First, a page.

Please introduce yourself to our readers. I’m the consumer imaging marketing director at Canon UK and Ireland. I look after all aspects of marketing for Canon’s consumer portfolio ensuring all products are brought to market effectively and that our campaigns are implemented with impact and efficiency. I look at a mix of things from understanding what’s happening now and keeping one eye on the future. What are your proudest career achievements? In my seven years at Canon the last 12 months have been the most challenging but the most rewarding. Many of the categories that we cover were under pressure yet we achieved some record market positions for our products and at the same time we launched a campaign ‘first’ with the inclusion of all our products under the Power To Your Next Step umbrella. On top of that we made huge steps forward with our digital activity including the launch of Live Chat for our cashback campaign, a 10x increase in our Facebook fans, the launch of our ‘digital demonstrator’ activity and we’ve been helping create, what I hope are really interesting photography videos for our retailers’ websites. Canon is a global market leader, but how is the company doing in these cash-strapped times? When our customers’ wallets are under pressure, we see them turning to the trusted brands that can deliver a quality product and a good customer experience. As the market leader in DSLR and compact camera markets, customers are confident that Canon will give them value for money and a great photographic experience. People are still willing to spend their money on camera equipment but are puttingmore into research tomake sure they are making the right choice. We want to help them make the right choice for their needs which is why we are continuing to improve our digital content. 2013 seemed a quiet year for Canon with three DSLRs announced, will 2014 see more launches? 2013 was an exciting year. We launched the world’s smallest APS-C DSLR with the EOS 100D and the EOS 70D with built-in Wi-Fi and fast autofocus during movies. We have other areas of our business too and we have made big advances in the pro video world with our new Cine products for example. We’re looking forward to what 2014 will bring. Canon must take great pride in being the only imaging company to offer input (cameras and scanners) and output solutions (printers). Is the aim to continue to offer a wide product range? Yes, we are very proud tohave such a diverse product range and not forgetting the software in between.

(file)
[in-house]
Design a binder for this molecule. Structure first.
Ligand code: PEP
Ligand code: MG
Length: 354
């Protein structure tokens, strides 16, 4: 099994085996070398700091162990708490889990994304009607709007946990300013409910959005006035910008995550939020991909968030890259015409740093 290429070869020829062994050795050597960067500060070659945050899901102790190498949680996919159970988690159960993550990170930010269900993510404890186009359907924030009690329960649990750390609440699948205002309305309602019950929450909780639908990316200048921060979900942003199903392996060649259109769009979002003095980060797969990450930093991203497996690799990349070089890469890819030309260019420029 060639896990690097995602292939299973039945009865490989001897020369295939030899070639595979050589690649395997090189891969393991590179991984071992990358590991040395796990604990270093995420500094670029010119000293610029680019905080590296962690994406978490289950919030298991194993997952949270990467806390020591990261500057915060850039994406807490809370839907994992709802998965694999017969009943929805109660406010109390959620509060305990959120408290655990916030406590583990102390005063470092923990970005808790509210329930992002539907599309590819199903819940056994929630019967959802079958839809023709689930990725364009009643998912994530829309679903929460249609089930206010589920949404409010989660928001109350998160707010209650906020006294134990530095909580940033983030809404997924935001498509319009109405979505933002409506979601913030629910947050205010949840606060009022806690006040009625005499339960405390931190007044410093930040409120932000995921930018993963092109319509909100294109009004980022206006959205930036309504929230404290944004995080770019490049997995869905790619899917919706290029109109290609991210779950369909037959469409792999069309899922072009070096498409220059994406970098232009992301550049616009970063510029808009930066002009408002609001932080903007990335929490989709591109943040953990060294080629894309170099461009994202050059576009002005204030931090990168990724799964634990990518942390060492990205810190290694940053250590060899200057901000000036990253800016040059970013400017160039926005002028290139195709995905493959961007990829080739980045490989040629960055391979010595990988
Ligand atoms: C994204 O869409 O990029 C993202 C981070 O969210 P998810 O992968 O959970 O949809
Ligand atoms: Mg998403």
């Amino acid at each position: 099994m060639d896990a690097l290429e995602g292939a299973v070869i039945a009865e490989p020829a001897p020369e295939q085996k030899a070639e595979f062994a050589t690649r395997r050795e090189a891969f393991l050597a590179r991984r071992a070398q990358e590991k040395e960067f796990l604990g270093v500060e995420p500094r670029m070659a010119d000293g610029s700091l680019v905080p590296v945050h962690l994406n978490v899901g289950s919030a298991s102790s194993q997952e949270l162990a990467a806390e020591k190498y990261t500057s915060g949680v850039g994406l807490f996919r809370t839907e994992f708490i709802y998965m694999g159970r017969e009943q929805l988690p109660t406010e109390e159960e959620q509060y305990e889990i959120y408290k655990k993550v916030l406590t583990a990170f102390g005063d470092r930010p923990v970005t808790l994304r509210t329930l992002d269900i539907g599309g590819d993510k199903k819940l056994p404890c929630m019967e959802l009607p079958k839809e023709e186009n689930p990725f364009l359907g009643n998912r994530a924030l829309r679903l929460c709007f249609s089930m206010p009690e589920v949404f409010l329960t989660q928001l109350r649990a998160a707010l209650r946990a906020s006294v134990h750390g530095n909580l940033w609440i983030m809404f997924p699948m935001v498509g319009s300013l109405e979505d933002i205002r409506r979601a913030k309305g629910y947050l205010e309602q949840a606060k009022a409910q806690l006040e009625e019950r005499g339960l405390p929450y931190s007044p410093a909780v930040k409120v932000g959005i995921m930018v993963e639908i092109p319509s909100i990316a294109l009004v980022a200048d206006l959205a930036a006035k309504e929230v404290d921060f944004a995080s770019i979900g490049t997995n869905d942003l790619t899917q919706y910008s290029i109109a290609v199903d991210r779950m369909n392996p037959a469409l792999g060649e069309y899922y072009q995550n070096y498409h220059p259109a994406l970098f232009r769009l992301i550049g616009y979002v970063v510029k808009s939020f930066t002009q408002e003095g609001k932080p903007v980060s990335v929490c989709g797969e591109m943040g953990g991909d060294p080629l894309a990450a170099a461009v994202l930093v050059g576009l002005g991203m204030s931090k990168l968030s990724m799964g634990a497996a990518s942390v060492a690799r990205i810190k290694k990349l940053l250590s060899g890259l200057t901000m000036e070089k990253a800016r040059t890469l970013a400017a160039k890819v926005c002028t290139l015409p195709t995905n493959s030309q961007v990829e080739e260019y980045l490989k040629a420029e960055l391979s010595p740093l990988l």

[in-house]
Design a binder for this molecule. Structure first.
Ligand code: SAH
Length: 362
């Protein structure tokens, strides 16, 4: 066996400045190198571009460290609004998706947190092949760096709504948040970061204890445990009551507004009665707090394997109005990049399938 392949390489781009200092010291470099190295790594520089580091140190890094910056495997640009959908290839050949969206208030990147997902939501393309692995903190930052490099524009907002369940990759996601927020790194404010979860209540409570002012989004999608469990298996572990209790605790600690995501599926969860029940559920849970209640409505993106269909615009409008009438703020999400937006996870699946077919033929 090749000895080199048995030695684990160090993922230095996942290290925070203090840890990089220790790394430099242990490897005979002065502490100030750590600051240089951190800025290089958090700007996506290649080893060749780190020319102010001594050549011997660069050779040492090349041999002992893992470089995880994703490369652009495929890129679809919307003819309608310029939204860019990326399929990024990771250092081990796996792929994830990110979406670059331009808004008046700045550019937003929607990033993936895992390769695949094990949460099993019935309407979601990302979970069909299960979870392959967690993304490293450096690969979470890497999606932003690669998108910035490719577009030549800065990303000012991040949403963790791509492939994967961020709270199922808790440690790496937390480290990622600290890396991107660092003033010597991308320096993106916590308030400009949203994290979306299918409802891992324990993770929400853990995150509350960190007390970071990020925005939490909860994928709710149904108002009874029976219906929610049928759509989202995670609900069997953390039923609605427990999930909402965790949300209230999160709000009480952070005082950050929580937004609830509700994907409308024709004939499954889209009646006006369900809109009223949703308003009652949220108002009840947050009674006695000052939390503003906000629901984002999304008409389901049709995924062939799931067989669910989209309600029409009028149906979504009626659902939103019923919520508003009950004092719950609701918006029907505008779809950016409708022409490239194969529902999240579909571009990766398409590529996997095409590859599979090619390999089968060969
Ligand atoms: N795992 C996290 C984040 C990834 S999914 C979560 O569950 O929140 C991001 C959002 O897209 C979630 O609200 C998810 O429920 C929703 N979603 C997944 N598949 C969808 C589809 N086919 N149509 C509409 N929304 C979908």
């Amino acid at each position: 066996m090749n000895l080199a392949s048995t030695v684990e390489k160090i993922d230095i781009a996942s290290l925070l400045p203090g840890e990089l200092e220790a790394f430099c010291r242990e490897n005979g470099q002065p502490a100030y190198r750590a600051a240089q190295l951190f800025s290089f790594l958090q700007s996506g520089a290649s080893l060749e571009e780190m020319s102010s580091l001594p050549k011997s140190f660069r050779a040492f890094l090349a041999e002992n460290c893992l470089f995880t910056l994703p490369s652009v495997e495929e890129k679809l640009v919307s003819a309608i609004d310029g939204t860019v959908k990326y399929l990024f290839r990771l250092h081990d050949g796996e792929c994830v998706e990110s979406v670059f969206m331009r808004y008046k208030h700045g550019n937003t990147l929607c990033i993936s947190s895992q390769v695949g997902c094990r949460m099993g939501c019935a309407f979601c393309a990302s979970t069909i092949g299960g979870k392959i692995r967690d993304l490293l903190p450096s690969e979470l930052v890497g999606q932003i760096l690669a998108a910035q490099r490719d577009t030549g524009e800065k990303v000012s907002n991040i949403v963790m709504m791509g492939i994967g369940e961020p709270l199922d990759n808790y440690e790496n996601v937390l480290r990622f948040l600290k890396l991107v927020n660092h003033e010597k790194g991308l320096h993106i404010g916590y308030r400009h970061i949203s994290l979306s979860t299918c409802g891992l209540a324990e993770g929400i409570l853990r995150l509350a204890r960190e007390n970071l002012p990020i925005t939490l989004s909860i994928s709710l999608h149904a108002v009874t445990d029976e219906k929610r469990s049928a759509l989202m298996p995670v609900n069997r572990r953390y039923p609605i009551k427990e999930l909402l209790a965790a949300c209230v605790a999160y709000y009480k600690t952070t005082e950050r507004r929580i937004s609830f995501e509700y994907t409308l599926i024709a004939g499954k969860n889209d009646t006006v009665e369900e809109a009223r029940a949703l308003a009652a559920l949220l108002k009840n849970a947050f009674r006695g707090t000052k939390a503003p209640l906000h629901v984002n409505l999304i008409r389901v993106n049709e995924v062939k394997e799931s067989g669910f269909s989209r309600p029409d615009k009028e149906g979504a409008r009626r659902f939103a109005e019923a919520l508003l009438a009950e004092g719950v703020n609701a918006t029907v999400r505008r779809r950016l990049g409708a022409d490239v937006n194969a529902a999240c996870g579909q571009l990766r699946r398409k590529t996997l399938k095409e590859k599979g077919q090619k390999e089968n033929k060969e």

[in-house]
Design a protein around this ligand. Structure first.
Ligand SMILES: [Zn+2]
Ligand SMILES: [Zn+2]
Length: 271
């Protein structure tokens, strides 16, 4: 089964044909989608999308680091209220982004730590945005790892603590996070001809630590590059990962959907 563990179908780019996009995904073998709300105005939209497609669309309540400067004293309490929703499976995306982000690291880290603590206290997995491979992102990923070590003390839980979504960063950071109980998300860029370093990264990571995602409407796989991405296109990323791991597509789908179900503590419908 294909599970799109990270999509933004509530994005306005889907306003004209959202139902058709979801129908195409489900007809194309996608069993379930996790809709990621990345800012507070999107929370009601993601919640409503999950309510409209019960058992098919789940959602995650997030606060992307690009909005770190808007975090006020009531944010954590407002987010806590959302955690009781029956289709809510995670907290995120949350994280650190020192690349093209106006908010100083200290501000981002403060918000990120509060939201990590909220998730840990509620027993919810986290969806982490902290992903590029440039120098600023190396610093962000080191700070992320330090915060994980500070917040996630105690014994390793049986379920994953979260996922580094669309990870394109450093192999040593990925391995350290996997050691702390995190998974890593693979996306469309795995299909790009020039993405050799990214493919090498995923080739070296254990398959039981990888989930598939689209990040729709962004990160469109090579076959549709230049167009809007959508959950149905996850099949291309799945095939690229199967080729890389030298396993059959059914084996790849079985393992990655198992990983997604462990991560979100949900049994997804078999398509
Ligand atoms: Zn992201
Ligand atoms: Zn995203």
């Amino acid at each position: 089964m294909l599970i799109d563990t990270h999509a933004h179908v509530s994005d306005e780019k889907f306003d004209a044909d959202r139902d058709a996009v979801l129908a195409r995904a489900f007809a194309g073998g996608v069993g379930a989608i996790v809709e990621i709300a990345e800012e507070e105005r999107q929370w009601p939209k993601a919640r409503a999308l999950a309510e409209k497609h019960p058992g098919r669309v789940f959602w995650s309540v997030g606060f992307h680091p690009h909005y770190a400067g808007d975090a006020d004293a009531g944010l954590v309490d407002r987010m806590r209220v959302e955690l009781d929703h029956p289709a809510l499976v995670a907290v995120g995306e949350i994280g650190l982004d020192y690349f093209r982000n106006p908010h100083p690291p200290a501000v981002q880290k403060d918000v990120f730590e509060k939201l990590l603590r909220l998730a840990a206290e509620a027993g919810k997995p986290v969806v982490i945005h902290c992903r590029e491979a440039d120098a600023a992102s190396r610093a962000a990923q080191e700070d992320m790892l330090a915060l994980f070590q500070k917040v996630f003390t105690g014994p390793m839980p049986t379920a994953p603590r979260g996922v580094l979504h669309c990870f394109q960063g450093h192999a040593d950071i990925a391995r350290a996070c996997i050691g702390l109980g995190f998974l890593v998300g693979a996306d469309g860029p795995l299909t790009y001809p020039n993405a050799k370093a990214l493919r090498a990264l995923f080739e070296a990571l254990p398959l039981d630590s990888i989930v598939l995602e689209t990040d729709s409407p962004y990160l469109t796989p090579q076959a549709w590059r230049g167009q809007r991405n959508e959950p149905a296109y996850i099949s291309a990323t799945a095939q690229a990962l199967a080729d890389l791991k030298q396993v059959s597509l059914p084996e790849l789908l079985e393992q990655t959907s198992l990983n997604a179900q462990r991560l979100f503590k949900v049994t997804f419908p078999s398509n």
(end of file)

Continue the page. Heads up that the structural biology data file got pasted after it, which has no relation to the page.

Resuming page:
The power of image runs through everything we do, from entry-level cameras to professional print. We’re unique in that we also have a huge range on our business imaging side, giving imaging power to business users and through our professional print division. We are not only maintaining our broad range but expanding all the time with mobile apps and our own photo sharing site, Project 1709, which we are looking forward to talking more about soon. With Canon’s breadth of products, the Power to Your Next Step campaign made perfect sense. Howhas it been received by customers? Our campaign has been successful in showcasing our range and encourages people to take their next step. The success could be seen over Christmas, particularly with our digital campaign. We saw our highest ever interaction rate on Facebook with our Capture Christmas activity. But it was more than a campaign; it acted as a talking point when speaking with retailers and is a genuine expression of how we want to support our customers on every step of their imaging journey. Is Canon serious about the CSCmarket or was the Ma toe in the water to test the temperature? We are very proud to have the EOS M in our range. It has opened up the image quality of EOS to new users who maybe wouldn’t consider a DSLR. The EOS M was the number 2 selling CSC in the UK in 2013 – a testament to the strength of its features. In your view, what is the most exciting technology in current Canon cameras? The current DIGIC processors. Their power enables features like high-speed shooting, creative filters, low-light capability, zoom plus – the list goes on. All this gives the best experience to the photographer. Canon’s highest resolution DSLR is the EOS 5D Mark III at 22 megapixels. Does Canon think that super-high resolution is not a headline feature? We find super-high resolution can result in things like pixel blur and excessive file sizes. We have to look at what is important and how people will be using our cameras. For example a 22-megapixel image can be printed in large dimensions which is important for many professionals. Many factors influence final specifications such as how it’s used and the different conditions that it will be used in. What in your view is the biggest technical challenge facing Canon right now? The boundary at the moment is the relationship between the size of the camera and the size of the sensor. People are asking for the biggest sensor in the smallest body, which creates huge technical

The biggest sensor in the smallest body creates huge technical challenges butmakes for an interesting future

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Photography News | Issue 5